As for Murrow, a few years after the hearings, Murrow worked on an anti-Communism special report for CBS.  And far from being a glowing example of fine journalism, the See It Now segment was agitprop of the worst sort.  They went through thousands of hours of McCarthy footage and picked the worst of his appearances, statements, mistakes, and ugliest looks.  They deliberately picked the most absurd and cackling villain moments, carefully cut, then ended up with Murrow launching into a diatribe about how awful McCarthy himself was.  Not exactly fine journalism.

Was the Blacklist in Hollywood real?  Yes and no.  There was no actual list printed up for the studios, any more than there is now of conservative Hollywood types to avoid work with.  There was an unofficial group of people who the studios deemed damaging to their image and profits if allowed work, but how much of that was dogma and how much as just business is hard to say.  Although the system was considerably more conservative then than now, it still was left leaning even back then.
There were lists published by several groups, such as the Red Channels list which gave names of supposed (and often actual) Communists and sympathizers, but the studios didn't have any official book or anything.  Most of the really hardcore reds were known by many in the studio system, so they didn't really need a list.
If you made money, Hollywood was willing to put up with just about anything as long as they could keep it under wraps.  At the height of the red scare, being a known Communist was just too hot to cover up, so it was bad business. 
When 10 Hollywood types were called before HUAC to testify they refused to cooperate and were held in contempt and jailed.  They appealed to the Supreme Court, who noted that congress certainly was within its legal rights to jail people for contempt of court.  They had lawyers, due process, and so on.  But this treatment enraged these actors and assorted movie types and they decided the whole world should hear about it.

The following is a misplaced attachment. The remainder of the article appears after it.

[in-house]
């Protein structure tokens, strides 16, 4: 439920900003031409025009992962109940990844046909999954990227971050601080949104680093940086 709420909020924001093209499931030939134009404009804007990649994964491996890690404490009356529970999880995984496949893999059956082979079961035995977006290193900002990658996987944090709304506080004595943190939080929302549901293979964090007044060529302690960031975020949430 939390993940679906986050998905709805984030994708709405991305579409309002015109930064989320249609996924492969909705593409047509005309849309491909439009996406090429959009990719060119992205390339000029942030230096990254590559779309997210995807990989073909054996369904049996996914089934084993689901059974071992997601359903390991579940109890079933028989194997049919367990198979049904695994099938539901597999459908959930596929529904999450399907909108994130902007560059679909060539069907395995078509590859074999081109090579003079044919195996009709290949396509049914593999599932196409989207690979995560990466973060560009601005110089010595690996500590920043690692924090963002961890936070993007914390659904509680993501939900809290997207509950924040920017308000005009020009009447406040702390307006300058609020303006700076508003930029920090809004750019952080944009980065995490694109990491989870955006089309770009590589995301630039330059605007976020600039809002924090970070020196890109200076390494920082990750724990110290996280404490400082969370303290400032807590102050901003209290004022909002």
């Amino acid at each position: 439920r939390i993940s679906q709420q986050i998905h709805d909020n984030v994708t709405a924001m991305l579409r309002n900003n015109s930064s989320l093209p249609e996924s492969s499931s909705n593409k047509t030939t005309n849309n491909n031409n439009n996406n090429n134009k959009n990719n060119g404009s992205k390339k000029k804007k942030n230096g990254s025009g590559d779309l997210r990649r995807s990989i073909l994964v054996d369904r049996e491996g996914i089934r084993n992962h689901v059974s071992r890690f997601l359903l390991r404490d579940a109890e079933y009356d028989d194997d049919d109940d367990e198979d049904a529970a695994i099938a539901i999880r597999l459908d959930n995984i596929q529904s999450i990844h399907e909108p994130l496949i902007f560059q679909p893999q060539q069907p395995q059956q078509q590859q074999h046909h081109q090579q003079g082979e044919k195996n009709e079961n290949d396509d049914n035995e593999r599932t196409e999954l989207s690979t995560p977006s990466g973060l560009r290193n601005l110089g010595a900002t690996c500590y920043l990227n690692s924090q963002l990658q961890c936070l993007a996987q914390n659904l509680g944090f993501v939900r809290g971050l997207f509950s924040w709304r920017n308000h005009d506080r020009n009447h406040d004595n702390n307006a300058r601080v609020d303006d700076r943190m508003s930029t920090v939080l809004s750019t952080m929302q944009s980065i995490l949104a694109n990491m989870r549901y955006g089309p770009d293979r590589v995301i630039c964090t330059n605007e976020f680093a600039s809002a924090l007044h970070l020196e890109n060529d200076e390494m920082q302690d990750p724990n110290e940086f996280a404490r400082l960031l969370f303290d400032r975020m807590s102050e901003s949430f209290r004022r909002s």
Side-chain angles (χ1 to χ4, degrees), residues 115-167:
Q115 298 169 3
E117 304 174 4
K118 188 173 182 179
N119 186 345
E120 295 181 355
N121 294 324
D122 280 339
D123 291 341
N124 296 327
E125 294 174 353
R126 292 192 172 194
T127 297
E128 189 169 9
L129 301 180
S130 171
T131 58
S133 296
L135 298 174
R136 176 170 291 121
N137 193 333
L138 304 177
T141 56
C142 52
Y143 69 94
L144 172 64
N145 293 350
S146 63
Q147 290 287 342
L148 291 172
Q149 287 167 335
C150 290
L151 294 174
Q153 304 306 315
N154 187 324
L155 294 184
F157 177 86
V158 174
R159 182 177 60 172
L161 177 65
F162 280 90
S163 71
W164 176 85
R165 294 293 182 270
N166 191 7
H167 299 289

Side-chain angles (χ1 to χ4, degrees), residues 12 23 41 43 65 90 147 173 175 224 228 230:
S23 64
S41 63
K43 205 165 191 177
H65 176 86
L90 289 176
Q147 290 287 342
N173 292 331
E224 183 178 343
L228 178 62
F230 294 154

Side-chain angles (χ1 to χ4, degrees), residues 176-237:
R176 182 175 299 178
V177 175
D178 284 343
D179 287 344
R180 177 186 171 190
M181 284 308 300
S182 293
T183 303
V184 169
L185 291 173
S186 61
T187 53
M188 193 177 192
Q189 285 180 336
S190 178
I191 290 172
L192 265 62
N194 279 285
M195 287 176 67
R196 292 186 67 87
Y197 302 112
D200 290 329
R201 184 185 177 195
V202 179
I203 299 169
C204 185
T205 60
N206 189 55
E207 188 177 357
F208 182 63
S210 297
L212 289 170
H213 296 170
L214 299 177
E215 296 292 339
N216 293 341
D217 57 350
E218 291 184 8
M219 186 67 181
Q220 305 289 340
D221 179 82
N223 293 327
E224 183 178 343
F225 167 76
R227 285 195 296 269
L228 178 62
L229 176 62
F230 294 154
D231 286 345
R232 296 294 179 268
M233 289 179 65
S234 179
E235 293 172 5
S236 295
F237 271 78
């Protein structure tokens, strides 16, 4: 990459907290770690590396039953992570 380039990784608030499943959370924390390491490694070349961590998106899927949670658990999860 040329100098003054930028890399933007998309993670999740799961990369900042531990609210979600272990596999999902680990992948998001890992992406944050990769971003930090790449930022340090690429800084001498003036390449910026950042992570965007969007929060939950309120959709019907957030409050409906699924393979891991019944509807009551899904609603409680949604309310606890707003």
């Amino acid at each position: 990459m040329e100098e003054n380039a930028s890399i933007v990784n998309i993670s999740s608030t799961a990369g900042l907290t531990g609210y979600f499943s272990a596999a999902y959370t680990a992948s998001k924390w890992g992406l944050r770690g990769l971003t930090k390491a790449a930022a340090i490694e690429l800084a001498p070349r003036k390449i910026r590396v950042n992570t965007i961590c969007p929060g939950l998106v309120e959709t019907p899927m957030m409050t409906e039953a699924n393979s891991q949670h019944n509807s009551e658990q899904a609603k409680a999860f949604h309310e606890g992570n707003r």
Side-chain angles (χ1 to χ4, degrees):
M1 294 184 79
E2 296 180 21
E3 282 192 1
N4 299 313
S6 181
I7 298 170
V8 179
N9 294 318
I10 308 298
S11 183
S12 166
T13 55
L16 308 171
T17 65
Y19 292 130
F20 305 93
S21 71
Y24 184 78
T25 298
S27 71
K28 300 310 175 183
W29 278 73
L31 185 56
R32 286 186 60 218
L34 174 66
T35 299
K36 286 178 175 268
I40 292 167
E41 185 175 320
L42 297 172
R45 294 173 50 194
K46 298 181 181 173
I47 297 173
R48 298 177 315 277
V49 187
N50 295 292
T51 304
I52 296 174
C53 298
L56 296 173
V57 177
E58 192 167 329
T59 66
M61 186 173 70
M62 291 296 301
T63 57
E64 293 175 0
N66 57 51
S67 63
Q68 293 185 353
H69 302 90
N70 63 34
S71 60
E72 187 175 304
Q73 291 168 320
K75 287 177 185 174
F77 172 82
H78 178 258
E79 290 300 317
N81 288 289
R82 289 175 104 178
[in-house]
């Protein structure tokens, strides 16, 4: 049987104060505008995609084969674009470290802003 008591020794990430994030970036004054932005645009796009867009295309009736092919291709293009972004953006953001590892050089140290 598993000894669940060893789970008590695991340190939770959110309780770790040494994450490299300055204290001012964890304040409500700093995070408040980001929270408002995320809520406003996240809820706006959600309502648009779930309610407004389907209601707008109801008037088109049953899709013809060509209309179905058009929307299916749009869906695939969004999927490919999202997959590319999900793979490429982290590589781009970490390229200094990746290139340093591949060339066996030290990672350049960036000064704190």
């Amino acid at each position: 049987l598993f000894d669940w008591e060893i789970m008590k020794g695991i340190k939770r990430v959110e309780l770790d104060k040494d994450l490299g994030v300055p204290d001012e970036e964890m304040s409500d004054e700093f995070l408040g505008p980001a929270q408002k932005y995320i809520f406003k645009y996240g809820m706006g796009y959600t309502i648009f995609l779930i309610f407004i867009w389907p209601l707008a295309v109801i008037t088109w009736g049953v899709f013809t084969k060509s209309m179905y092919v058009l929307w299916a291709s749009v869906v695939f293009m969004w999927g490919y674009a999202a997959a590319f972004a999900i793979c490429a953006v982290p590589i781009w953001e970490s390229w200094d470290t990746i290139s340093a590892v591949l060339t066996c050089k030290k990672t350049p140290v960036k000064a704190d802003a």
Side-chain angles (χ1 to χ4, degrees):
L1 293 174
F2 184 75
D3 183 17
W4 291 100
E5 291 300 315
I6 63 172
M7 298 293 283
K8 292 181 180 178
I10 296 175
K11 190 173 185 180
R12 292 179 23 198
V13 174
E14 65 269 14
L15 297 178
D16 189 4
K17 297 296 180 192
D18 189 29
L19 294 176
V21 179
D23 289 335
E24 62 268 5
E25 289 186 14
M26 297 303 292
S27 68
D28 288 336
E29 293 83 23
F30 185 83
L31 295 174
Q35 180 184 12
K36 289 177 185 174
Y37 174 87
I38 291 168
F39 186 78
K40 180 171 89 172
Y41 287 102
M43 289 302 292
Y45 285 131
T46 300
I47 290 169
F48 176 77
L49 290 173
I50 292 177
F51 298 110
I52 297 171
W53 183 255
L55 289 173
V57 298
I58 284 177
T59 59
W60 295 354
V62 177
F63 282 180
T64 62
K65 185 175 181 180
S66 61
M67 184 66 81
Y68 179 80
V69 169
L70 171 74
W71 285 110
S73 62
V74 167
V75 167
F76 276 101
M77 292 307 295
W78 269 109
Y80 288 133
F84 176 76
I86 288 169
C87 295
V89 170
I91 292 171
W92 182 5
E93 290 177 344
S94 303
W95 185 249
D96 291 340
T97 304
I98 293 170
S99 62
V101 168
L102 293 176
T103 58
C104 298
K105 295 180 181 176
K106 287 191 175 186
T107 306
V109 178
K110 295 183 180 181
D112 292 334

At last some of these "Hollywood 10" were actually Communists who did work with the Soviets, according to later records.  So they were likely following Soviet policy to use the press and entertainment community to damage anti-Communist efforts. Most of the ten had been part of the Federal Writers' Project, which was part of the WPA (Work Progress Admin.) during the Roosevelt administration.
John Huston later mentioned that these people were not exactly standing up for human rights in their refusal to testify:
It seems that some of them had already testified in California, and that their testimony had been false. They had said they were not Communists and now, to have admitted it to the press would have been to lay themselves open to charges of perjury ... And so, when I believed them to have engaged to defend the freedom of the individual, they were really looking after their own skins. Had I so much as suspected such a thing, you may be sure I would have washed my hands of them instantly. But, as I said before, the revelation was a long time coming.